In 1911, on the eve of the first-ever Indianapolis 500 stock car race, the Indianapolis Star wrote, “The stranger who visits Indianapolis may well imagine that the city is wrapped in the throes of speed mania.” According to Charles Leerhsen’s 2011 book, Blood And Smoke: A True Tale of Mystery, Mayhem And The Birth Of The Indy 500, that bizarre, disputed first race marked the start of a torrid romance between America and the high-speed automobile.
A century later, on the eve of the 101st anniversary of that first race (and the 96th Indy 500), the Indianapolis landscape looks a little different, to put it mildly. The A.V. Club talked to Leerhsen about the racing industry’s sensual tango between danger and mass appeal, last year’s dramatic finish-line upset, and the future of the Indianapolis 500 as it barrels into its second century.
The A.V. Club: In Blood And Smoke, you wrote that in 1911, “America’s famous love affair with the automobile was just beginning—and yet it’s true that the relationship had reached an awkward and tender juncture.” Today, 101 years later, in what stage of the relationship is that love affair?
Charles Leerhsen: Well, with IndyCar it’s a little bit hard to say. The Indy 500 had once been the dominant car race in America, but something happened along the way, where NASCAR—which has been around since the ’50s, maybe the late ’40s even—has become dominant. The IndyCar has suffered, and it still has the Indianapolis 500. But of course there’s still this weird phenomenon where, on that one day, it gets three, four, five hundred thousand people—they never tell you how many, they keep it a secret—but the weeks leading up to it and following it on the circuit are nothing like that. No one can quite explain it. The president of the track 20 years ago said, “No one understands why the Indy 500 is the race it is, but it’s a delicate thing and we’d better not mess too much with it. We’ll keep its status the way it is.”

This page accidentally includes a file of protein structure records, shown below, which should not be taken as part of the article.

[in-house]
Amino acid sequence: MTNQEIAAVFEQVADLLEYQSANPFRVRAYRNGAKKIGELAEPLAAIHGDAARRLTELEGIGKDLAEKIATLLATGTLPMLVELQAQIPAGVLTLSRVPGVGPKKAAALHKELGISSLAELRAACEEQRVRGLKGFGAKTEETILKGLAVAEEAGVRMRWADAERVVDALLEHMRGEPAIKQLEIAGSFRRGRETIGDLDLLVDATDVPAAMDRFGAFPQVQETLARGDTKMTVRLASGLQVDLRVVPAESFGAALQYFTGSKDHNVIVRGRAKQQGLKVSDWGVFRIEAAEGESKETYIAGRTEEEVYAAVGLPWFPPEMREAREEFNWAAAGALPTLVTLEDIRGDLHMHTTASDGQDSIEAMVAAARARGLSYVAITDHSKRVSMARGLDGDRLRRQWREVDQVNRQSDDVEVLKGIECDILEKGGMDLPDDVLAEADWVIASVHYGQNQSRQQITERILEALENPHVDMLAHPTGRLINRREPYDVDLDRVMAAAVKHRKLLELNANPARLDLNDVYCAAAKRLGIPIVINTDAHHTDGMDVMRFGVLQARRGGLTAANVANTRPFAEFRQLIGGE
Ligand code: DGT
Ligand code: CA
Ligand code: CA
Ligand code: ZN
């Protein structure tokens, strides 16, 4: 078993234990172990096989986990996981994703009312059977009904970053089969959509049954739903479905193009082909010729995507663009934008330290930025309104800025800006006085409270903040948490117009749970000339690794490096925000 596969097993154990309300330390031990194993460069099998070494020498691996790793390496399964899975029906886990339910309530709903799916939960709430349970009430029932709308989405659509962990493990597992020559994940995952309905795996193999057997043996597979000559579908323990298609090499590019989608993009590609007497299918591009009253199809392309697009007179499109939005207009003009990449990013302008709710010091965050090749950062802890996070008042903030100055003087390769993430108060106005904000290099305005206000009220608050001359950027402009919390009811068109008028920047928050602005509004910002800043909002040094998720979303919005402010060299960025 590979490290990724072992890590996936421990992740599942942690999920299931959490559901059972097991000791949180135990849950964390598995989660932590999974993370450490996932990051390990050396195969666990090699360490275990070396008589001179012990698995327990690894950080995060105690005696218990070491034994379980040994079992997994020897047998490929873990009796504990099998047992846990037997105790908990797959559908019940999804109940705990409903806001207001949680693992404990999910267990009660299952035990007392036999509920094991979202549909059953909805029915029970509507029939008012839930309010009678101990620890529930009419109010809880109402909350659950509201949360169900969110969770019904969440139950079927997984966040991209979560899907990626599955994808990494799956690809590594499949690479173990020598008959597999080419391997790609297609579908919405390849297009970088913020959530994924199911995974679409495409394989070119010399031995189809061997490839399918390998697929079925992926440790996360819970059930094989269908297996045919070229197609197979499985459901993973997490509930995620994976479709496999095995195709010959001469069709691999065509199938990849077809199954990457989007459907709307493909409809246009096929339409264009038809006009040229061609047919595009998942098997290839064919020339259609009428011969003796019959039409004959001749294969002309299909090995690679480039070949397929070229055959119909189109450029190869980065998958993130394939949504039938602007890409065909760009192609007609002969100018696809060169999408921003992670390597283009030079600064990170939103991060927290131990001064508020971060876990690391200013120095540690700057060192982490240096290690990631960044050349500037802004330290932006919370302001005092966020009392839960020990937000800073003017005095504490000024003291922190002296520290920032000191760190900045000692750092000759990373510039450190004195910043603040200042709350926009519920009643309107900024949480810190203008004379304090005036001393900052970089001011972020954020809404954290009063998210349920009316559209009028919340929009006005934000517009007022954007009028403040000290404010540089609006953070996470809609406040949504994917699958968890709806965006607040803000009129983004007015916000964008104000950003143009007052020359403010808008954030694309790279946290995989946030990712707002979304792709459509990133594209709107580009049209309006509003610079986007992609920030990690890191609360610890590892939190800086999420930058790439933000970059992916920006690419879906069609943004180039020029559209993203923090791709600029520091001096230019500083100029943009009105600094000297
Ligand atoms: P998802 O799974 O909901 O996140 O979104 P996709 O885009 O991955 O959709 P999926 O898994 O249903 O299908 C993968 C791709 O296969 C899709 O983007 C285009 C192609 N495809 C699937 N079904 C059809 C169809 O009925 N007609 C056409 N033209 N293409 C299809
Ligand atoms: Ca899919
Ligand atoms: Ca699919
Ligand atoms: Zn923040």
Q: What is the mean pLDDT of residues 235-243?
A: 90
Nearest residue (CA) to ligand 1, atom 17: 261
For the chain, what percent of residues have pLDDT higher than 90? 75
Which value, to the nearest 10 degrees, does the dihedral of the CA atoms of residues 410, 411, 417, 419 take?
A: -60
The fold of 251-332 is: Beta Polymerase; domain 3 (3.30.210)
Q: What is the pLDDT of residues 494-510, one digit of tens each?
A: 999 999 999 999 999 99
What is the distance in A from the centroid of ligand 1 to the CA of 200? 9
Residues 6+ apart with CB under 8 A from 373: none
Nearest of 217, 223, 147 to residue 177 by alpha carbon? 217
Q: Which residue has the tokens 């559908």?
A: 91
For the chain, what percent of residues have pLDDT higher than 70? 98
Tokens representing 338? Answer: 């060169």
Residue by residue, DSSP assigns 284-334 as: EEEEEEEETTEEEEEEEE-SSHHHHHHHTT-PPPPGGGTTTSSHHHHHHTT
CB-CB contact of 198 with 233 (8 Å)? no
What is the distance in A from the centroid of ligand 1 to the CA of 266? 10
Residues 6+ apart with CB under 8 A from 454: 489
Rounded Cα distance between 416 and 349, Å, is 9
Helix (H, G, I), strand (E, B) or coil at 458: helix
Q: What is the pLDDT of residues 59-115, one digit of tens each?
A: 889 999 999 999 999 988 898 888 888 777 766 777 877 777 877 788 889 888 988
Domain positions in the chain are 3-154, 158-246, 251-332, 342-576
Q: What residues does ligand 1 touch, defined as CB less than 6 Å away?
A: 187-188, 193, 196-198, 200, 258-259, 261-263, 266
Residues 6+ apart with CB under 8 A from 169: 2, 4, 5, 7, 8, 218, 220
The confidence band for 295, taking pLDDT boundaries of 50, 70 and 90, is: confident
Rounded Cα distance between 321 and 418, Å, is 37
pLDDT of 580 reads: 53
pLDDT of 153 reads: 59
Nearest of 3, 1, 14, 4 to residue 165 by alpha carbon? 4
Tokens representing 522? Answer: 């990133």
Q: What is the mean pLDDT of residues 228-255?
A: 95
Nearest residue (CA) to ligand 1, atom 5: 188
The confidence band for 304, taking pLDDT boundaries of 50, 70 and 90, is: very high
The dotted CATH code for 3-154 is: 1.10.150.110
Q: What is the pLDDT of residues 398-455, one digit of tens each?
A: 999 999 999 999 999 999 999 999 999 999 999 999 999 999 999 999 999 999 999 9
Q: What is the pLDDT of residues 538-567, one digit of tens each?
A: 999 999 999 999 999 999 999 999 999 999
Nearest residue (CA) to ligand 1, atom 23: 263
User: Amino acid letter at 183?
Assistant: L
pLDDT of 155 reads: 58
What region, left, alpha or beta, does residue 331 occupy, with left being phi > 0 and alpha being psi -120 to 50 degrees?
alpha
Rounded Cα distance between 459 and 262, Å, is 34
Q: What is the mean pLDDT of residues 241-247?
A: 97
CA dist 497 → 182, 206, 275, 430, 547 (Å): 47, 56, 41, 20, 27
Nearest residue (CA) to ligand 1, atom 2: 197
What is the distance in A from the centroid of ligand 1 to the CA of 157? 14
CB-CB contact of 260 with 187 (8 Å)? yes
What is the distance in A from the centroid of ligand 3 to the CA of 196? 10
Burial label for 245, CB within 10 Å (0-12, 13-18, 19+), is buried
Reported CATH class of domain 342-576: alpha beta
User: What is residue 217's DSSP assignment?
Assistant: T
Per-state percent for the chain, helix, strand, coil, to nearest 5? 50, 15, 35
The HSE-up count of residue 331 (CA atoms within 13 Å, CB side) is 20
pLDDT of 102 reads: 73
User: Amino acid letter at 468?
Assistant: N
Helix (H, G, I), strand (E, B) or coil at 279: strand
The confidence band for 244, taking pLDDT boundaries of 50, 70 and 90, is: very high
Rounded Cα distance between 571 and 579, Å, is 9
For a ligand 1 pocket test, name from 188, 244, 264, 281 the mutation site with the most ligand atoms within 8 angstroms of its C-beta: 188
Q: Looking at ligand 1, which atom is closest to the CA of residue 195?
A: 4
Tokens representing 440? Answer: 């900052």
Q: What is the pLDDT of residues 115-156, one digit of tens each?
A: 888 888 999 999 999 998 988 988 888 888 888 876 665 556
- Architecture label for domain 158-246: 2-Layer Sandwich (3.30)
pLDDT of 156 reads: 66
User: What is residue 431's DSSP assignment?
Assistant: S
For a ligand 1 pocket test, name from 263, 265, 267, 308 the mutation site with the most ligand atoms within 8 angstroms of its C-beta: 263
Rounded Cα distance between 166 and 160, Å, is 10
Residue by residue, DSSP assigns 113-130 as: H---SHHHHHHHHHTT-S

AVC: So maybe the love affair’s cooled down a little bit. Are America and IndyCar like that couple that have lost the passion but never forget their anniversary?
CL: Yeah. I think people pay less attention to the sport—whether it’s gonna be Helio Castroneves that’s gonna win, or something else is gonna happen on the track, that’s greatly overshadowed by the Woodstock-ness of it all. Of showing up and drinking beer and sliding around in the mud and wearing a T-shirt, celebrating America in that way. [Laughs.]
AVC: You’ve called the race a “holy moment in American sport, the Greatest Spectacle in Racing.” But there are a lot of obstacles standing in the way of the Indy 500 retaining that title of the Greatest Spectacle In Racing: NASCAR and Formula 1 are looming presences, fewer and fewer American drivers are winning the race, and IndyCar may have taken a big commercial hit when Danica Patrick left for NASCAR. What needs to happen for it to restore itself to the height of its glory?
CL: Well, one thing is this: The talent is more likely to flow into NASCAR now than it is IndyCar, because of the popularity and the money-making opportunities—people gravitate toward NASCAR and sort of seed the ground for the foreigners.
Back in 1911, at the race that I wrote about, they wrote the rules about the size of the cars in a way that effectively eliminated the foreigners—part of that was supposed to be a way to show that America was the greatest car-racing country. But then they promptly wrote the rules in a way that eliminated the foreigners because they eliminated the larger cars those guys drove, so they were kind of afraid of them right from the start. European drivers have been a force in racing since the very beginning. The car itself, as much as you could say it comes from anyplace—it doesn’t have a clear-cut, well-defined history—but, as much as you could say it comes from anyplace, you could say it comes from France. So there’s a long tradition there. It’s not like we invented this stuff here in America and they picked up on it, as with, say, basketball. They’ve been the leaders from the start. It’s hard to say. It’s kind of a catch-22. You have to get some great Americans doing it, and then the younger guys get drawn into it, I guess.